Mandela undergoes hospital tests
Former South African President Nelson Mandela is spending a second day in hospital for what his office described as routine tests.
Mr Mandela, 92, undergoes regular hospital check-ups, but his latest visit starting on Wednesday stretched into an unusually long stay.
President Jacob Zuma, attending the World Economic Forum annual meeting in Davos, Switzerland, is being updated on developments by the defence minister, whose department is responsible for current and former presidents' health care, said Mr Zuma's office.
The presidency cautioned reporters not to put pressure on Mr Mandela's doctors and to give "a national hero" dignity and respect.
Children at a school next door to Milpark Hospital made cards and posters wishing Mr Mandela well and put them up on the school grounds.
Head teacher Nicky Humphries said students and teachers prayed for South Africa's most famous citizen before classes started.
Mr Zuma's office said Mandela "is comfortable and is well looked after by a good team of medical specialists."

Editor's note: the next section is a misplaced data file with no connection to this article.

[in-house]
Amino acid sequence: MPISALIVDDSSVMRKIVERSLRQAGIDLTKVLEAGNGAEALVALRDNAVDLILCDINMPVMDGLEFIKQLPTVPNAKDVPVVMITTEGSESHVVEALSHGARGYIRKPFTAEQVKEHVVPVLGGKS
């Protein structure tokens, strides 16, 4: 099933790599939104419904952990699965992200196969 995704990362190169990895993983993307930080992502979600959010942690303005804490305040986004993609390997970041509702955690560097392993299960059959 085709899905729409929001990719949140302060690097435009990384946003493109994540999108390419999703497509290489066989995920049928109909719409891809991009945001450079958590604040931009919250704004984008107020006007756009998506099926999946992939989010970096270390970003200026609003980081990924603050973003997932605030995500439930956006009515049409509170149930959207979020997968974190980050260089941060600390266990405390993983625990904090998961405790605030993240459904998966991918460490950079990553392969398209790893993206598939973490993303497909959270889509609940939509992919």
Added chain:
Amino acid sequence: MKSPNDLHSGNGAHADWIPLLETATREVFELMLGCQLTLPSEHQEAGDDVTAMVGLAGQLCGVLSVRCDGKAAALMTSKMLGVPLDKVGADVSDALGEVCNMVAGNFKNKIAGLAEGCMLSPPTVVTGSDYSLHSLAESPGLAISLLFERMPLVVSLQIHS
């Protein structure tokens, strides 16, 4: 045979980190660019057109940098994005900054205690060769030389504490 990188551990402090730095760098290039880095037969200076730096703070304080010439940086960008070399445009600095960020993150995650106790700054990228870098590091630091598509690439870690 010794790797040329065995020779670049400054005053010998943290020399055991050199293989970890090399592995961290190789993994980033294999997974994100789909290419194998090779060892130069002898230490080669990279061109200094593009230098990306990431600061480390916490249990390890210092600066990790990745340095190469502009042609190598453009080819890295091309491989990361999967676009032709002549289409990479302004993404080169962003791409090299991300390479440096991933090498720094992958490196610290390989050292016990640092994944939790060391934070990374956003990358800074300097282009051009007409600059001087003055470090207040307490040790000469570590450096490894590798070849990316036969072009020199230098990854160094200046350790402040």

Mr Mandela's office has released only a brief statement, saying the hospital visit was for routine tests and that Mr Mandela is in "no danger and is in good spirits."
Mr Mandela was jailed for 27 years for his fight against apartheid. He became South Africa's first black president in 1994 and stepped down after serving one term in 1999. He largely retired from public life in 2004.
The public has seen only glimpses of him recently, such as in November, when his office released photos of a private meeting between Mandela and members of the US and South African soccer teams. He also appeared at the closing ceremony of the World Cup in July, waving to the crowd as he was driven in a small golf cart alongside his wife, Graca Machel.